Recombinant Protein Expression using Clostridia and CLEAVE™ Technology
Recombinant proteins are essential tools for scientific research, being widely used to characterise disease and drive the development of effective treatments. To date, recombinant protein expression has been restricted to a small number of host species, each with inherent limitations that mean certain proteins remain challenging to produce. Using our proprietary CRISPR-Cas technology, CLEAVE™, to manipulate the clostridial genome, we have developed a next-generation system for recombinant protein expression that offers several advantages over existing methods. Importantly, because our clostridial host is Gram-positive, our recombinant proteins are naturally endotoxin-free.
How are recombinant proteins commonly expressed?
Commercial recombinant protein production is typically performed using just a handful of expression hosts. These comprise various species of E. coli and Bacillus, yeasts such as S. cerevisiae, insect cells including Sf9, and mammalian systems such as Chinese Hamster Ovary (CHO) cells and Human Embryonic Kidney (HEK) cells. By introducing a protein-encoding gene into the host cell line using a suitable vector, the target of interest can be expressed in vitro before being extracted and purified.
What are the limitations of established recombinant protein expression systems?
A drawback of using E. coli for recombinant protein expression is that these Gram-negative bacteria produce harmful lipopolysaccharide (LPS) endotoxins at the cell surface, which must be removed from the protein product to avoid compromising experimental results. E. coli can also reject expression of certain recombinant genes, especially if the encoded protein impedes bacterial growth or survival. Yeasts do not generate LPS, yet they have a slower growth rate than E. coli and are prone to causing hyperglycosylation. Protein expression in insect and mammalian systems is both complex and time-consuming due to demanding culture conditions, which can incur extra costs.
What are the advantages of using clostridia for recombinant protein expression?
Like E. coli, clostridia benefit from a fast doubling time and simple growth media requirements that make culture straightforward. However, a main advantage of using clostridium for recombinant protein expression is that it is Gram positive, meaning it does not produce endotoxins. This eliminates the need for an endotoxin removal step, equating to fewer losses in protein product and higher final yields. Additionally, clostridium has evolved a secretion mechanism that allows it to release recombinant proteins directly into the fermentation media, enabling production of proteins that may otherwise be toxic to the expression host.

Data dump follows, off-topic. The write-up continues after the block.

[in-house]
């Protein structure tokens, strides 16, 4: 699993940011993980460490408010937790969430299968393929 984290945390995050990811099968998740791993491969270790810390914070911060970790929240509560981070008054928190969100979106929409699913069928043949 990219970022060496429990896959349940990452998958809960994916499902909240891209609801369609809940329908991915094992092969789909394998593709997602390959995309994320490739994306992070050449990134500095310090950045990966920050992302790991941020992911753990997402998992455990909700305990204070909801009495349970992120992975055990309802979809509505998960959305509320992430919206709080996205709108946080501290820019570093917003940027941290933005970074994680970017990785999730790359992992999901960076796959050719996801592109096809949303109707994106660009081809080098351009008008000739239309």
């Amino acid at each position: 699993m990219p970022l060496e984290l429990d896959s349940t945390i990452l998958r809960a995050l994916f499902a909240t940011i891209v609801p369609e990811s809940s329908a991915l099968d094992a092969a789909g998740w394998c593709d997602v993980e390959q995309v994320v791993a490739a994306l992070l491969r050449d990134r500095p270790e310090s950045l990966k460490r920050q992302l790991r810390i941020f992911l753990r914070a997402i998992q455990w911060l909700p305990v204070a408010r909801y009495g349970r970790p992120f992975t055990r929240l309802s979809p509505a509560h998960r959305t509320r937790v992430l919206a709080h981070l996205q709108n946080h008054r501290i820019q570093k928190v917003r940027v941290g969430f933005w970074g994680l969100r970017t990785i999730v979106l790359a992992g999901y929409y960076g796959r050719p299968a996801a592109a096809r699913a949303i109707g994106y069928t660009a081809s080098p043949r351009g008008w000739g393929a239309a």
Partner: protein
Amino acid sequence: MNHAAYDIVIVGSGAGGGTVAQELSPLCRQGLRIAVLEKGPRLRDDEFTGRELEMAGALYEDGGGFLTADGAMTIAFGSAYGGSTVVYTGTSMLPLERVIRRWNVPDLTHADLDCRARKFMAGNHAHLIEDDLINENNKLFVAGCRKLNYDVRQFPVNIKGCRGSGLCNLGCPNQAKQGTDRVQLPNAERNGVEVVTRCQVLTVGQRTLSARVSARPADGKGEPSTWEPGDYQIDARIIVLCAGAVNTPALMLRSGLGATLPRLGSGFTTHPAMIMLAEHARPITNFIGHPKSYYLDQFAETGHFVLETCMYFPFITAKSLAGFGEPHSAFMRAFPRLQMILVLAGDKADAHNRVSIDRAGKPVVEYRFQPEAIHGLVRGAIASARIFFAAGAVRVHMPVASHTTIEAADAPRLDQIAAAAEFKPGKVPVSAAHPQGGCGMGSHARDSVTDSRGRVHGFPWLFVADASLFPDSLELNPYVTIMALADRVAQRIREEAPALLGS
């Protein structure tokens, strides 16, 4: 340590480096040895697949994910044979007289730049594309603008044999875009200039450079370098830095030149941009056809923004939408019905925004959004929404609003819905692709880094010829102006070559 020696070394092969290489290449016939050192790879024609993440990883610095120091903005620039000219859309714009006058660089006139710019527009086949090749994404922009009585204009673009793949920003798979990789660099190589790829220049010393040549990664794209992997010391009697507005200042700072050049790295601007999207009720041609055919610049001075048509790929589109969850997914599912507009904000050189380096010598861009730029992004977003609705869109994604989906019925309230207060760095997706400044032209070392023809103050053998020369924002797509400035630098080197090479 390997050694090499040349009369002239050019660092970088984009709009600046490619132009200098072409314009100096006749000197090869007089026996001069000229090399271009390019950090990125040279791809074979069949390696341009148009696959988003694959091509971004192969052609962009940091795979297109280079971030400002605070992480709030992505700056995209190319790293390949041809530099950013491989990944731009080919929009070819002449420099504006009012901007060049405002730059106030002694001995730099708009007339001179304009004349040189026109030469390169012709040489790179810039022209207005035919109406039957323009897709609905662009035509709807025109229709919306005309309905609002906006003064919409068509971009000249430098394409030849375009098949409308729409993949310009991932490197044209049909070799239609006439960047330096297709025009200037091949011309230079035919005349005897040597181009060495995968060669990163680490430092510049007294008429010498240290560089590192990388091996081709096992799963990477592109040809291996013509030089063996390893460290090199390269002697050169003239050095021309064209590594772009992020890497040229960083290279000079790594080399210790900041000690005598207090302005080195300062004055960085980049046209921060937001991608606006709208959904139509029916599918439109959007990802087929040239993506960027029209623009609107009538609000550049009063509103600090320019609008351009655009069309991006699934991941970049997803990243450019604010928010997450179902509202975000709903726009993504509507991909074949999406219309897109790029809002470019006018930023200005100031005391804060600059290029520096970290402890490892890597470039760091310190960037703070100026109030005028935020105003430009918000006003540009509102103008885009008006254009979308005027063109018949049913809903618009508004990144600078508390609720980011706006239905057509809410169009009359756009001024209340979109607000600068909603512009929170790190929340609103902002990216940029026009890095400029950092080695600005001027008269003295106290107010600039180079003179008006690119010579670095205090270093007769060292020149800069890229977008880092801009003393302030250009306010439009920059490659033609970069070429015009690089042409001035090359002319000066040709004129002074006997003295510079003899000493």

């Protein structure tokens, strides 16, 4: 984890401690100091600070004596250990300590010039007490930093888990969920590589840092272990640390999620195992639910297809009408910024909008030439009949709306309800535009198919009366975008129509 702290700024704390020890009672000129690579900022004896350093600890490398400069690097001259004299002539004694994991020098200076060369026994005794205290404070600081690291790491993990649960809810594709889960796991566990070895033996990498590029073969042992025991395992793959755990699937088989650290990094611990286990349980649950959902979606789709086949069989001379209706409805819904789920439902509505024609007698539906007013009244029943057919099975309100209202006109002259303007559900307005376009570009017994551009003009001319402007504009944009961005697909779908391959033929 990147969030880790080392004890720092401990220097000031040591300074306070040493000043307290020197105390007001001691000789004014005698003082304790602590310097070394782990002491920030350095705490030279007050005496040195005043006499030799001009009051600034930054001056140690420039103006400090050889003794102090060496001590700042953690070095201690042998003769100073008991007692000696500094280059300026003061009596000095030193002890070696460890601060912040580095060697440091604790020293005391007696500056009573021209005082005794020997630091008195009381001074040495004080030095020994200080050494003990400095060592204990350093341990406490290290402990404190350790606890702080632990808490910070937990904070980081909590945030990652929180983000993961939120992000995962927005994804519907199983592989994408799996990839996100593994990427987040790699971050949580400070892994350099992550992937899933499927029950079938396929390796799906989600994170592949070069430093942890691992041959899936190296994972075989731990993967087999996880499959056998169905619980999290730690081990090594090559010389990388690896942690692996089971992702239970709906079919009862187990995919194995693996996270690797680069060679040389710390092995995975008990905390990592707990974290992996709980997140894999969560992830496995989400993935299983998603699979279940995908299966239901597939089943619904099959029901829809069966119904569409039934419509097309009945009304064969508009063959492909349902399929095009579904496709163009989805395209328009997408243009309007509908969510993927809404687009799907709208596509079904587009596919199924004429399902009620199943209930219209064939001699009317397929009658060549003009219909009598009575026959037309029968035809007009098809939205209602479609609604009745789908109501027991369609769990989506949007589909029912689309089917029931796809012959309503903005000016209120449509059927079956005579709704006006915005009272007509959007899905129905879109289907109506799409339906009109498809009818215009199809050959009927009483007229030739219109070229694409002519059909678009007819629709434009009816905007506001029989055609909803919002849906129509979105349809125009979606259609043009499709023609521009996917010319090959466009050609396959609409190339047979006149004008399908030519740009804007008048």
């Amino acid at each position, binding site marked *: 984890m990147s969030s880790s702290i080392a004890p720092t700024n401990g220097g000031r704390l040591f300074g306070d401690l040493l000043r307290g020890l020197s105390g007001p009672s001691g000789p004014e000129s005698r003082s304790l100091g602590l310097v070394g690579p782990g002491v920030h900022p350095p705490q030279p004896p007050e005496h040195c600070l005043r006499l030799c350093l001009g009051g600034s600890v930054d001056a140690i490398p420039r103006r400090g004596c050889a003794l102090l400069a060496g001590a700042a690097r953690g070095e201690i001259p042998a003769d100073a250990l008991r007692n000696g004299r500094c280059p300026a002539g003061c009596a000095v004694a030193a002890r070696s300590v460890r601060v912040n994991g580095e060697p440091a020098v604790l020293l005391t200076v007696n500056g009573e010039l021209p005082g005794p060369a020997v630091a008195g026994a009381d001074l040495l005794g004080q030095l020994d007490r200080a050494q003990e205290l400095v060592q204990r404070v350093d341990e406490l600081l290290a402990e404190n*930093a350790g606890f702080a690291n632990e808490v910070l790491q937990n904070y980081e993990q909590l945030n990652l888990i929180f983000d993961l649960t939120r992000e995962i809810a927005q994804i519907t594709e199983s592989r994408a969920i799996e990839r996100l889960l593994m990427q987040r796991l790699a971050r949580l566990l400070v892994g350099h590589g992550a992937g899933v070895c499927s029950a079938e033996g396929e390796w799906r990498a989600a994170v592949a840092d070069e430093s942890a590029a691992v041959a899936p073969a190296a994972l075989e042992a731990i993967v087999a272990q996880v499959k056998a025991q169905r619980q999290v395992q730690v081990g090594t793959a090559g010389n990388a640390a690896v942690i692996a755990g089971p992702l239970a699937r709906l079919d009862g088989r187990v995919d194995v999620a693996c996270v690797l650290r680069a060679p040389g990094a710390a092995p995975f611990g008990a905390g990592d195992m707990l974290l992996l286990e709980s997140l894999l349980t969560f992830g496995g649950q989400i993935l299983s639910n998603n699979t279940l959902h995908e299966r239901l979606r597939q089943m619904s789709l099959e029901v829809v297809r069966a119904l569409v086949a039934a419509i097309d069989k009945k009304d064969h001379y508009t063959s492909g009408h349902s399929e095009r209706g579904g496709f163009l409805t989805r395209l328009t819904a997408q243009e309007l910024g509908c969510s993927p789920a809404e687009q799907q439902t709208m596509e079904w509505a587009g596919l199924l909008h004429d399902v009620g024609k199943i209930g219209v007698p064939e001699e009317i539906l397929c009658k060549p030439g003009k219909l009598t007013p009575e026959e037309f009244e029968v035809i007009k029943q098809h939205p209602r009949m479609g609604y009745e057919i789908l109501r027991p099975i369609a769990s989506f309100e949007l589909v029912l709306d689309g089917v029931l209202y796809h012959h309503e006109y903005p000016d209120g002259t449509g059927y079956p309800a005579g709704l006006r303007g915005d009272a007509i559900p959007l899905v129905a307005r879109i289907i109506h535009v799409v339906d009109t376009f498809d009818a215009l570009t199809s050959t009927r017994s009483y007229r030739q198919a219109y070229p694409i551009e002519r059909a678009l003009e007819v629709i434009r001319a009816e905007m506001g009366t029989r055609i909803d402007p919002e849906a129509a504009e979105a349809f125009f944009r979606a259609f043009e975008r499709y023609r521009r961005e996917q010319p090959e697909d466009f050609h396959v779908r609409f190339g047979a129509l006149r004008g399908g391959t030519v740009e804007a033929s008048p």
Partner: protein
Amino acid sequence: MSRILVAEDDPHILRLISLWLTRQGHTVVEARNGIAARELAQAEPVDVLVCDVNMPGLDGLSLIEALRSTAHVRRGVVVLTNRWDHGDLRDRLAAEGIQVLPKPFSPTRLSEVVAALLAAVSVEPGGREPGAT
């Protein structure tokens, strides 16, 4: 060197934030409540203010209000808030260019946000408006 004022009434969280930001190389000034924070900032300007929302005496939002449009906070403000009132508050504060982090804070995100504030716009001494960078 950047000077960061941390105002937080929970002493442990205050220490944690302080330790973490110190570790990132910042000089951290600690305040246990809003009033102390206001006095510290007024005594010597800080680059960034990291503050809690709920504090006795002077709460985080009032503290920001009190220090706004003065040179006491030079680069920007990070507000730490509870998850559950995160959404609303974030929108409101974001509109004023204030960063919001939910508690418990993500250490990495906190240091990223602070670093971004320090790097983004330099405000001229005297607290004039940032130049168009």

Endotoxin (EU per µg)
|Mammalian (e.g., CHO, HEK293)||<0.005 – <1.000+|
*EU value after purification steps, +typical EU values from supplier catalogues.
How does biocleave’s technology accelerate recombinant protein expression?
We developed CLEAVE™ to overcome some of the inherent challenges faced when working with clostridia and increase their accessibility as an expression host. Our patented technology exploits the CRISPR-Cas system (an adaptive bacterial and archaeal defense mechanism that functions by cleaving foreign DNA) to create precise modifications in the clostridial genome and fast-track recombinant strain generation. Furthermore, by directing protein secretion, CLEAVE™ facilitates the generation of products that were previously impossible to express in E. coli due to toxicity effects.
Critically, our approach avoids the need to use E. coli for generating expression constructs, instead allowing all cloning to be performed directly in the clostridial host. Now, only the capabilities of clostridia govern target selection and the choice of expression cassettes, opening up a wealth of possibilities.
Which clostridium-expressed recombinant proteins are available?
At biocleave, we identify protein targets that are inaccessible using conventional methods and produce them in a highly pure, active form using our clostridial host. Earlier this year, we launched our first research use only (RUO) protein, the Tetanus Toxin Light Chain, which is essential for characterising how the tetanus toxin works. Our clostridial pipeline also includes poly ADP-ribose polymerases (PARPs), neurite growth inhibitors, signalling peptides, and bacterial toxoids, as well as several terpene synthase enzymes that have long required a more sustainable alternative to current methods of production.
+44 (0)1235 435710